Thank you,

Mithun Ashok Soni
- Mumbai, Maharashtra, India
^- Reply to this post -^


2002

A. You may begin by consulting a variety of reference books and reading old and current patent literature. Then you can go to the laboratory and test out each of the formulation components until you arrive at the components needed and the quantities required of each. Or, you could call a supplier of proprietary materials who has already done the above and more and would charge a fair price for the benefit of their research and knowledge by selling a proven material.

You might surmise that I am involved in the sales and/or manufacture of proprietary chemistry and you would be right. Do you tell a chef to give you the recipe, you don't want to eat at his restaurant? Do you ask a doctor for the formulation for a drug? Why do you expect to get proprietary knowledge for free?

Gene Packman
process supplier - Great Neck, New York


thumbs up signHello Gene, you're certainly right that some knowledge is proprietary, and can't be expected for free!

But sometimes people ask because they don't know what is generic information vs. what is trade secret. People unfamiliar with how the industry works in the western world probably assume that you electroplate things by mixing together basic chemicals as they were taught in science class.

In fact, "home-brew" is required when a technology loses its champion -- as happened with cyanide zinc plating when Dupont abandoned us, and as happened with magnesium finishing techniques when Dow abandoned us; but it's also required in much of the third world where there is no commercial distribution of western plating processes.

If we look at the reason for a worldwide patent system -- "to incentivize the advance of technology for the good of mankind, we must grant temporary financial benefit to those who put in the work" -- each side should be able to respect the other's side.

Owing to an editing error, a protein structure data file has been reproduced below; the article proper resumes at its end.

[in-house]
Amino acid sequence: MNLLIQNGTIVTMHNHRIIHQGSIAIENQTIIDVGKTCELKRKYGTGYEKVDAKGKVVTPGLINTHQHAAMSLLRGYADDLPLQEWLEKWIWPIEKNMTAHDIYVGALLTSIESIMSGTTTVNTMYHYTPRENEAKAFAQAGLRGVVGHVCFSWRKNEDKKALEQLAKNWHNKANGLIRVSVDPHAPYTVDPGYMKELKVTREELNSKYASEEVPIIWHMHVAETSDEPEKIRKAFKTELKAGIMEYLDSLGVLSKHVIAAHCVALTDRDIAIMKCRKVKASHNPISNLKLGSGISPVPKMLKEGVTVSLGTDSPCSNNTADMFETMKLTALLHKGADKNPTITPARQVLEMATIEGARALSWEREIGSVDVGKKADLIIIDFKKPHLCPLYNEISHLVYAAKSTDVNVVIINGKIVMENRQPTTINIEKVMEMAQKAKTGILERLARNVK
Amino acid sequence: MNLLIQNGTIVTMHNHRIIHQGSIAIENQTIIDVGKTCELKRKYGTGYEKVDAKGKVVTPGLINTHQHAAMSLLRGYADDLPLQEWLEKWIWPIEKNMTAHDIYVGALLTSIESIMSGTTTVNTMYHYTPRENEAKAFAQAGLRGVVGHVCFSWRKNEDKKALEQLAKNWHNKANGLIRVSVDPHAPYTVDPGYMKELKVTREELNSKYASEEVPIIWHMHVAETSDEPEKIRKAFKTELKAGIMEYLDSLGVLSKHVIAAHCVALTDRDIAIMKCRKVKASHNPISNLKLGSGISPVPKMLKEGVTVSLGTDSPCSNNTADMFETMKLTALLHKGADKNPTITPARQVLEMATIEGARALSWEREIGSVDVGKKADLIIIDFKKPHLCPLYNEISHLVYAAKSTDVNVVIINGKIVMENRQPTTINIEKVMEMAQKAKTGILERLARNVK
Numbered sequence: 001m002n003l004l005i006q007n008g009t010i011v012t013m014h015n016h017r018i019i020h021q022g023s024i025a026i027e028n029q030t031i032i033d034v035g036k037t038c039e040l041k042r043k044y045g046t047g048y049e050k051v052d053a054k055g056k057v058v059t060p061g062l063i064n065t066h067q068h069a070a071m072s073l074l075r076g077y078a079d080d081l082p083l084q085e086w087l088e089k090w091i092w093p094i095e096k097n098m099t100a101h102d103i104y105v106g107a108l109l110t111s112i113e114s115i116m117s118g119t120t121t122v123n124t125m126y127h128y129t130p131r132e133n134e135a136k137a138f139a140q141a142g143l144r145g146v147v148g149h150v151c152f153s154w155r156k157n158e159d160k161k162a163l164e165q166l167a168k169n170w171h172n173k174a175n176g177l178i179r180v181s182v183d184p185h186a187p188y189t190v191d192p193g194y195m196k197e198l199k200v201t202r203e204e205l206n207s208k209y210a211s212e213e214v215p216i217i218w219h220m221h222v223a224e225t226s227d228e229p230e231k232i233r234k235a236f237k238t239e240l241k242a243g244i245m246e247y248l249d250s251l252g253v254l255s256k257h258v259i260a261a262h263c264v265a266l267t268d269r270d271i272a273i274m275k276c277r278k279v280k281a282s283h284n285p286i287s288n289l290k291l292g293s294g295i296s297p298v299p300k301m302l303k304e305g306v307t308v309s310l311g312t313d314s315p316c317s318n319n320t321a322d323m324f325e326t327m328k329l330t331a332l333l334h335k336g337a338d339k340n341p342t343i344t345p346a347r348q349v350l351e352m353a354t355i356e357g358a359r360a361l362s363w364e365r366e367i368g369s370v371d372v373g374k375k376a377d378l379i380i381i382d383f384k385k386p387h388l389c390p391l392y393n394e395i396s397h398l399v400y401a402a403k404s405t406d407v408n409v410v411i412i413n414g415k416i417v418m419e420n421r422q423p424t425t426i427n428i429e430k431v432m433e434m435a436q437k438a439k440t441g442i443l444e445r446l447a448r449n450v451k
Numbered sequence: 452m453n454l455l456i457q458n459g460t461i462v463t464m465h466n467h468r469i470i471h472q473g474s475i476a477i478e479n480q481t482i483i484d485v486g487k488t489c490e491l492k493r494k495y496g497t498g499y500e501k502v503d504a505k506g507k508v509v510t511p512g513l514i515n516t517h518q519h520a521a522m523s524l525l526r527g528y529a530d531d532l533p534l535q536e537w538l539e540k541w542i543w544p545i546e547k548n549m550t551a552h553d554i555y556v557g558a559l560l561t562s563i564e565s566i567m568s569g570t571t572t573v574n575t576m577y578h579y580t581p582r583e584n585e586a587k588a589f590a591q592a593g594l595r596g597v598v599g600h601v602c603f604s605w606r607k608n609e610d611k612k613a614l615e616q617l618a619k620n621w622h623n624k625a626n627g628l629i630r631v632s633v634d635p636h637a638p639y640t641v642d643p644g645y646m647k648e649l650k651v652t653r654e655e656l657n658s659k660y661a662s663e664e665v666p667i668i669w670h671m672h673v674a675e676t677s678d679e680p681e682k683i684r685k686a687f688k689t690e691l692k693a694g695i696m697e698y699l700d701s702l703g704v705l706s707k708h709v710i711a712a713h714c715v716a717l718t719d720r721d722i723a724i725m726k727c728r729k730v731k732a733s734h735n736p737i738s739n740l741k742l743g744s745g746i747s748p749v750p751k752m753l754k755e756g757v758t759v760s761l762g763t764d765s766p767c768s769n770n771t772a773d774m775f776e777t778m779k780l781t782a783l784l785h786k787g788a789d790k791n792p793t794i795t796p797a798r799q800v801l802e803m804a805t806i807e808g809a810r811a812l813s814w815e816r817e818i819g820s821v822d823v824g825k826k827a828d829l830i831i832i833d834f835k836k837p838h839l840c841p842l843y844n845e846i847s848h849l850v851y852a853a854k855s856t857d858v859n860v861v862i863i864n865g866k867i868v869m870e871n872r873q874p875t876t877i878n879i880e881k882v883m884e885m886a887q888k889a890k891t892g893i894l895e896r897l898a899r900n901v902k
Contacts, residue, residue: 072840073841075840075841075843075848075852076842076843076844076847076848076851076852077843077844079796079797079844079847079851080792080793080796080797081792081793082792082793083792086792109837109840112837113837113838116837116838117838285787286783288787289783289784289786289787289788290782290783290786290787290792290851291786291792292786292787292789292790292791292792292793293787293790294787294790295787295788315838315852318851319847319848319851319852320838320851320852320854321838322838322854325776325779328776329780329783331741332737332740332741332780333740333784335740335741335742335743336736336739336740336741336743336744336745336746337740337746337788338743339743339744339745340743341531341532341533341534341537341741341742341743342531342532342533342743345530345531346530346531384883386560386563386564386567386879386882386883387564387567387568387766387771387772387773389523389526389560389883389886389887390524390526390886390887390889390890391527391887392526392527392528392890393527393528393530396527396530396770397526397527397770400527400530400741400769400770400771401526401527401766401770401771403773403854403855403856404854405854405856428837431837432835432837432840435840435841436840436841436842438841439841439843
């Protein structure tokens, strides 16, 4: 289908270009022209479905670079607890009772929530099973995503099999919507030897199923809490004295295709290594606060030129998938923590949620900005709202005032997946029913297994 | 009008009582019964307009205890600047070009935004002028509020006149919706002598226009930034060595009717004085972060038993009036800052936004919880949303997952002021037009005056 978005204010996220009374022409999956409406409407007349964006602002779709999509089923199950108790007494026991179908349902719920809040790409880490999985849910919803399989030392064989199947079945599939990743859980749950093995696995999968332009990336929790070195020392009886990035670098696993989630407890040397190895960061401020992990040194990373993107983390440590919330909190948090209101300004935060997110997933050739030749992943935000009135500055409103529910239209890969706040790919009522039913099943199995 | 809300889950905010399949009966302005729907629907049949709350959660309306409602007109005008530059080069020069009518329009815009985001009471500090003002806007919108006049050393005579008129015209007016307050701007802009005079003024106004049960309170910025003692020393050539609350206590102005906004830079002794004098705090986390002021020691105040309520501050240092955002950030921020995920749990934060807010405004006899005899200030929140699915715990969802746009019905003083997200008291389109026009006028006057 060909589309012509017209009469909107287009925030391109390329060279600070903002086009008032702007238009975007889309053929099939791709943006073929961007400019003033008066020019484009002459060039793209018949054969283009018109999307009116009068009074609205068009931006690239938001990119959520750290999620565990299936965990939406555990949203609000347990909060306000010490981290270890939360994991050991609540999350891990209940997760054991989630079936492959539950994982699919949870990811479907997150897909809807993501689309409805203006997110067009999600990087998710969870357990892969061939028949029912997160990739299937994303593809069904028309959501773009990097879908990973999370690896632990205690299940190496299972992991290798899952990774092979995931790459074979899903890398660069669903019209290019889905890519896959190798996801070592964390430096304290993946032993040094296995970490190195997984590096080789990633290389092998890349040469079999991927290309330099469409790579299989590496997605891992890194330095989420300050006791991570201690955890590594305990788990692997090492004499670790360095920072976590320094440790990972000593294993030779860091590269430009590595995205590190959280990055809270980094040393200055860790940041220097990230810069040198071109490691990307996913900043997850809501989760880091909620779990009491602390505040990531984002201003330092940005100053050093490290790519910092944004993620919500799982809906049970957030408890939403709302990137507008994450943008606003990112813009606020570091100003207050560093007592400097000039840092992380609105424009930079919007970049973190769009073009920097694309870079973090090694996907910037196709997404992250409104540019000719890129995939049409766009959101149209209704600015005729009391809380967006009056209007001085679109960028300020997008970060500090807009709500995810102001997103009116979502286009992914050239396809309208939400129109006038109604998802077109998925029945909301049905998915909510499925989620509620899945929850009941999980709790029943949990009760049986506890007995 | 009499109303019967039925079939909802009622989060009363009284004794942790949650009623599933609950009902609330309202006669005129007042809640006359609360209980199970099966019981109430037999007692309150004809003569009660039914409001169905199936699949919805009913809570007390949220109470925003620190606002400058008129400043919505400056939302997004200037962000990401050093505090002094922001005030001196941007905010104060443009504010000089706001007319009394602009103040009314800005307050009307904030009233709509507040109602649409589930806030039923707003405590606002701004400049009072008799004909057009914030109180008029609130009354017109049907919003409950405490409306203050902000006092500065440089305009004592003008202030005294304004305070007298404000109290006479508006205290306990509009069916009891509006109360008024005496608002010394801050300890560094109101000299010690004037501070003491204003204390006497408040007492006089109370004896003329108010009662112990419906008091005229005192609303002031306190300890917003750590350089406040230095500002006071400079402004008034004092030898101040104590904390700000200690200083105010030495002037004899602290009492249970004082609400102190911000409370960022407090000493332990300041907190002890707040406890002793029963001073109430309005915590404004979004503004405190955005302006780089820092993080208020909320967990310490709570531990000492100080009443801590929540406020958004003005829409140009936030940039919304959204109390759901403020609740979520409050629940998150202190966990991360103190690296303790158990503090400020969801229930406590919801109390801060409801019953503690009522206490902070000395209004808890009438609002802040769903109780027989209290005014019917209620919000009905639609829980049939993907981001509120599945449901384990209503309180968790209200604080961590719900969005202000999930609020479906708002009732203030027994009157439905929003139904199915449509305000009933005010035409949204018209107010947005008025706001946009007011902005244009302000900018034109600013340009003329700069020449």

Ted Mooney, finishing.com Teds signature
Ted Mooney, P.E.
Striving to live Aloha
finishing.com - Pine Beach, New Jersey


sidebar 2002

A. The formula is:

42% sulphuric acid
26% Nitric acid
Water

Put carefully sulphuric acid into the water and let it cool down and then fill also carefully the Nitric acid into. The mixture is not directly to use because its to hot. The cooling time its up to 24 hours. You can also put 1% of HF(Hydrofluoric acid) or other oxidizer to accelerate the reaction (very very fast but very dangerous in contact with skin) . The fumes they produce are dangerous and are to avoid. Use of PVC for storage are recommended. This mixture are not usable as a bath because in contact with air losing of its strength will occur.

Hope this helps.

Athanasiadis Stelios
- Thessaloniki, Greece


thumbs up signIt seems there is some confusion here. The original question was for information on acid copper brightener.

The first response was for ADDING metal - that to get an organic additive for a copper PLATING bath you should go to a reputable supplier who has spent the time to develop such additives.

The second response was about making a BRIGHT DIP for copper that will brighten the surface because it REMOVES metal.

I think both responses are correct, depending upon how you interpret the question. That is why we need more carefully phrased questions!

bill vins
Bill Vins
microwave & cable assemblies - Mesa (what a place-a), Arizona 


? A little ambiguity? Are you talking about a brightener additive for an acid copper plating bath or an acid dip to brighten parts made of copper?

Neil Bell
Red Sky Plating

supporting advertiser
Albuquerque, New Mexico
red sky banner ad


May 14, 2009

Q. Hi Chaps, I think such an aggressive response is not called for? This guy probably has no idea where to start looking for a brightener (hence MY presence here) or even if such formulations are even sold!
I'm in South Africa, and can't find a supplier for Brighteners, even on the net; I get redirected here?